Where the hell are you going?

by Lynn Buchanan, USAF (ret.)

Buchanan M38A1online

This is what happens when the tie rod comes unfastened while traveling up the highway between the port and the airfield. That is an 8-inch pipeline full of aviation gas being used for a guard rail. The driver and a local farmer are trying to figure how to get the Jeep—and the Colonel—back to the Airfield.

In Taiwan, I rode in a Jeep as a USAF 2nd Lt.—we were not allowed to drive anything. All the driving had to be done by Taiwanese Air Force fellows.

On the way back from the Port one day, we were travelling along at a good rate of speed down the paved highway. (Those M38A1 Willys Jeeps had a maximum speed of close to 50 mph.) It was a two-lane highway with a guard rail along one side. I knew what the guard rail was, apparently the Colonel did not. It was an eight inch pipeline, sitting on top of concrete posts. Every so often along the pipeline, there was a large horizontal loop in the pipe, perhaps 20 feet in diameter, to absorb the stretching or contracting of the pipe. The pipe was full of aviation gasoline, being pumped from the tanker dock at the port in Kao Hsiung to the airports inland.

As the Colonel and I were riding beside a long straight section of the highway, the tie rod on the Jeep broke. As it happened, both front wheels turned to the right and the Jeep slammed into the “guard rail” on the right side of the highway. Since the high speed of those jeeps was somewhat less than 50 miles per hour, the accident was not really spectacular. However, the jeep driver (Teng) and I both wanted to leave the Jeep as fast as we could, in case the high pressure gasoline came out of a hole in the pipe.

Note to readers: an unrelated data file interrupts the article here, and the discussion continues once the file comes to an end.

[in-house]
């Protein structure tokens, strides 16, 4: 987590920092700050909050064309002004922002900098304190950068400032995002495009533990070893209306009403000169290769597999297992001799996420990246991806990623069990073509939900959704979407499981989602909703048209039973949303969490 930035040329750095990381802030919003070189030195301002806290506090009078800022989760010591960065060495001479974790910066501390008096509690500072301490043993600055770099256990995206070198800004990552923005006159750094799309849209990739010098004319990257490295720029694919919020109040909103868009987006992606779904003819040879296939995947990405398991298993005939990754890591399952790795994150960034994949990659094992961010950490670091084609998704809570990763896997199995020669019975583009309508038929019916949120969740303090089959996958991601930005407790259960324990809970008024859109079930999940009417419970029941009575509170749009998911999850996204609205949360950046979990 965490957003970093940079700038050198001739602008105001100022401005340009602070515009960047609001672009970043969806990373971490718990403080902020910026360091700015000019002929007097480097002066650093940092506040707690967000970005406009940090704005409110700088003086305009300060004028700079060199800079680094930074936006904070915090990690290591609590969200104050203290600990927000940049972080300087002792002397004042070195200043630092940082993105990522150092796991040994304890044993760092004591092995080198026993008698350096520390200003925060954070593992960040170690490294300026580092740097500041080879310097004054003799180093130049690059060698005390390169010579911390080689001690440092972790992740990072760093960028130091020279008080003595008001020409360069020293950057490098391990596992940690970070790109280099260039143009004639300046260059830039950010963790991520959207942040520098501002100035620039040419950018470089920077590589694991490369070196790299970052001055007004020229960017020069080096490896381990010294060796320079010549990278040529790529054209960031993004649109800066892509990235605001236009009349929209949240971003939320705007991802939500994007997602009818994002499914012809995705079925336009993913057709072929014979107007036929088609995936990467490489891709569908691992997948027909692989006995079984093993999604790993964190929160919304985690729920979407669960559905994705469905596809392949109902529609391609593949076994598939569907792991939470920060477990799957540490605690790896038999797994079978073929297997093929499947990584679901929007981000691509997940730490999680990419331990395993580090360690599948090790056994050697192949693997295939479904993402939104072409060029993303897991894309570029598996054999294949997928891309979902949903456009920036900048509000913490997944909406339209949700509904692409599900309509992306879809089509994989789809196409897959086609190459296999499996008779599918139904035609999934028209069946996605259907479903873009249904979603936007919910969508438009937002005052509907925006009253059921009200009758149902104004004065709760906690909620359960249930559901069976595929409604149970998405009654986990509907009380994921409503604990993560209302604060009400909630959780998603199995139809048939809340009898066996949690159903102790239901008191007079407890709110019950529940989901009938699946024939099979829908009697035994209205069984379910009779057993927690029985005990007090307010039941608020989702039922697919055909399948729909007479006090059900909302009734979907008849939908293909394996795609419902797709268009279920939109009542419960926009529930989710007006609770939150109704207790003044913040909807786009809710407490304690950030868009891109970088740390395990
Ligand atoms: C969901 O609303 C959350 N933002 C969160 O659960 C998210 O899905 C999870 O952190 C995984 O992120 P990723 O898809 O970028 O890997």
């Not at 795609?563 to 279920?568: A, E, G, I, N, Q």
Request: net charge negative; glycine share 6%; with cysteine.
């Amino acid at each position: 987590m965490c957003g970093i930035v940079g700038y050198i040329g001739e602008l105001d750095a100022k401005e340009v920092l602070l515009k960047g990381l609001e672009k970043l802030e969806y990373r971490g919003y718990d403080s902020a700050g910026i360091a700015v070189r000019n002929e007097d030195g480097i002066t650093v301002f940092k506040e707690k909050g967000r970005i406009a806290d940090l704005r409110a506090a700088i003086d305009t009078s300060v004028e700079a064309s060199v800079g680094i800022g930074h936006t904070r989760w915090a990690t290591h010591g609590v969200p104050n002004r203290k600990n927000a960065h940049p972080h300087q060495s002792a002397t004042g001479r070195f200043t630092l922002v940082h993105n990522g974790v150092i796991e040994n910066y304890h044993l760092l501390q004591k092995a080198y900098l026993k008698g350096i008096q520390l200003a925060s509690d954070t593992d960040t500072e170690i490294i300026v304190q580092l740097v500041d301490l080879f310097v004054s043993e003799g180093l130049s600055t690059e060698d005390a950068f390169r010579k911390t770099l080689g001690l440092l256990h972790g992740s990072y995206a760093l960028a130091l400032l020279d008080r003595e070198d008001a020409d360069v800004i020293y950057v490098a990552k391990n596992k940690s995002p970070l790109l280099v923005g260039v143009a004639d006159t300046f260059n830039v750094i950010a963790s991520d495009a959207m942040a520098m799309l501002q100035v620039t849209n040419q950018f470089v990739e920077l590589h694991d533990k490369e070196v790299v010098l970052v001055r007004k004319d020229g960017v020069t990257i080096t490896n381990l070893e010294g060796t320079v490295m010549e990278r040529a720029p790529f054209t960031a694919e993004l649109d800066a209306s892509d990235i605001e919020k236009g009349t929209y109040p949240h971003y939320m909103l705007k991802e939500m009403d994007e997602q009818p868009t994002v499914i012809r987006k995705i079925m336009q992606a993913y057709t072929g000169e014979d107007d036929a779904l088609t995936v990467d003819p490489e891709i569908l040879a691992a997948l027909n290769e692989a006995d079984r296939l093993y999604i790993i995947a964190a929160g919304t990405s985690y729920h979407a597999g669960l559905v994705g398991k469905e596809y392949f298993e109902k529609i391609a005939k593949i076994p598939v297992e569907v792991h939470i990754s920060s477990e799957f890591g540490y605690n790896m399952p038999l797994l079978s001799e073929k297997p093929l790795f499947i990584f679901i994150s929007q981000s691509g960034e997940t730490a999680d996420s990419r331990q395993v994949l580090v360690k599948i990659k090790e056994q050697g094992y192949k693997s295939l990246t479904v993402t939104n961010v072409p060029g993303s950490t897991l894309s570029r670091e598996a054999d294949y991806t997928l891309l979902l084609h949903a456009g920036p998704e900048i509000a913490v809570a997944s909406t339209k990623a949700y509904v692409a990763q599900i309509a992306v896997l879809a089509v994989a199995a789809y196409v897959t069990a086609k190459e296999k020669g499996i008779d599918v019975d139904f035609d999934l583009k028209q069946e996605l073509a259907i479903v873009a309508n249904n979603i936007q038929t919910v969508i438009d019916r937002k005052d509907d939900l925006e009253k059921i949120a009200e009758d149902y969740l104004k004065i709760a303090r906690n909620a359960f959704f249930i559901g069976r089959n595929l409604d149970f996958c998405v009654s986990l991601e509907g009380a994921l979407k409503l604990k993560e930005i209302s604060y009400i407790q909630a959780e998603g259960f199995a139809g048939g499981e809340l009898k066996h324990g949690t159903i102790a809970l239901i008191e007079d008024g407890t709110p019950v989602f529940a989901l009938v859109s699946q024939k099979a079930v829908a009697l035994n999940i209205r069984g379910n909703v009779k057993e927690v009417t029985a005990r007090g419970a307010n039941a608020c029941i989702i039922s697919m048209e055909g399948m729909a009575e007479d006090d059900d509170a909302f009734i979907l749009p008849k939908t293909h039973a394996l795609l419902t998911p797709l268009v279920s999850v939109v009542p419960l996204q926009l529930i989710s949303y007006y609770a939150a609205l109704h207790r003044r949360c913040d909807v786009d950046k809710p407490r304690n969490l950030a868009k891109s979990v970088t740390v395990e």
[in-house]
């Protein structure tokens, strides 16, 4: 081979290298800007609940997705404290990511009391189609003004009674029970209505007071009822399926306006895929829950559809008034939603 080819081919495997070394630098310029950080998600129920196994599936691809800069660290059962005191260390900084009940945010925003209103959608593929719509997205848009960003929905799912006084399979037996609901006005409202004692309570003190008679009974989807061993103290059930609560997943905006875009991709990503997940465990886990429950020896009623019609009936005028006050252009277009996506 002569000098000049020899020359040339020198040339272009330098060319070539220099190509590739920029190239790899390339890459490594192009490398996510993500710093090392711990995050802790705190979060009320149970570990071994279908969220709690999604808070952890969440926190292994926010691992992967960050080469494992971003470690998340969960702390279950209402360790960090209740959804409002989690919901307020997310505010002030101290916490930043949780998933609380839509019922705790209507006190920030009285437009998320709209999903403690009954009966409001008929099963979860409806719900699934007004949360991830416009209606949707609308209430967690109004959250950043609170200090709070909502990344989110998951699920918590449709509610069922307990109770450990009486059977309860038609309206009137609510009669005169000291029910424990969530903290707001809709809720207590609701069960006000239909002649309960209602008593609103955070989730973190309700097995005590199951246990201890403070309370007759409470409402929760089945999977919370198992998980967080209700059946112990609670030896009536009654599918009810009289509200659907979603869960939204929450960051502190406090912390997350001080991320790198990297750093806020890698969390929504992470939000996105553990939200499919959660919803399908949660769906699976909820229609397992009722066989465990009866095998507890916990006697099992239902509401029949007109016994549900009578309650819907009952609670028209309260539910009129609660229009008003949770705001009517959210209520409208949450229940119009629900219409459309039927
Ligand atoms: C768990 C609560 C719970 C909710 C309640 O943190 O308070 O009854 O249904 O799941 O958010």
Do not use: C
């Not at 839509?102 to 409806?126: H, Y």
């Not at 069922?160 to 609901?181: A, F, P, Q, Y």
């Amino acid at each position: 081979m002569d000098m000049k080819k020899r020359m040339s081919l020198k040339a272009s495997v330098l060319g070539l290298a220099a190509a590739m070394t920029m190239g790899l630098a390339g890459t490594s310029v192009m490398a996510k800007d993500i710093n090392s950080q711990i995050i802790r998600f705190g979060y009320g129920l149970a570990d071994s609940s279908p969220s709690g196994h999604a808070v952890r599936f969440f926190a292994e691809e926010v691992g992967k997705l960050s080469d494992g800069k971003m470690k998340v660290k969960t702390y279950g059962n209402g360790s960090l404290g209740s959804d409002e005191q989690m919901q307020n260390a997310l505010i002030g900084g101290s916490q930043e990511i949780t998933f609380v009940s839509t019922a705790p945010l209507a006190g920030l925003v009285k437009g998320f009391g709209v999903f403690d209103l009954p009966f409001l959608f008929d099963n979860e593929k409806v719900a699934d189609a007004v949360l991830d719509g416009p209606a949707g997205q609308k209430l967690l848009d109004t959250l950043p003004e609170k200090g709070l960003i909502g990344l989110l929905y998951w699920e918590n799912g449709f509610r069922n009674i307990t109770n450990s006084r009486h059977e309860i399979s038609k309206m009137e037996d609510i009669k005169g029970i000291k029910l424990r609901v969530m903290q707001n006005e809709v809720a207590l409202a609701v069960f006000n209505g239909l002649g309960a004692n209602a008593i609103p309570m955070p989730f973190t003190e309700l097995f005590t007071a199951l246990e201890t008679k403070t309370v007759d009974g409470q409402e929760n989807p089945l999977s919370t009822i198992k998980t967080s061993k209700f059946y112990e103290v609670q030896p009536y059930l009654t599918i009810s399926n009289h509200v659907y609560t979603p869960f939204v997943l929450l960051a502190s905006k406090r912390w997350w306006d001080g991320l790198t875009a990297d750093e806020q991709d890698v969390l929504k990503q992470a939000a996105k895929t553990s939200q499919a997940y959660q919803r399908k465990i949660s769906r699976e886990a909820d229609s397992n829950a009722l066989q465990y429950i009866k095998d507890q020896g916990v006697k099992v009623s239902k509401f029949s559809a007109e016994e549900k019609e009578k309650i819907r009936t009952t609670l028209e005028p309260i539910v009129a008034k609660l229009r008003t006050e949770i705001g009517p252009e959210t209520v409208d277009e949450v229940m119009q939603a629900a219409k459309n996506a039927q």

Teng left the Jeep, jumping out of his seat and running as fast as he could across the highway. I was on a slight downhill to the right so went that direction, stopping in the middle of the plowed field. The Colonel yelled loudly, “Where the hell are you going?”

Since he was still in the jeep and there was not any fire or leaking liquid, I felt a bit foolish, but told the Colonel what was in the pipeline—I thought everyone knew that. By then, Teng had returned to the vehicle and was checking to see what had gone wrong. A farmer came over and joined him.

The Colonel and I had to sit and wait while a Chinese vehicle came along. It took our driver to a local telephone to call the Chia Yi Airbase. Shortly after that, an Air Force vehicle came along to pick up all three of us. A wrecker accompanied the truck to tow the jeep back to the base.

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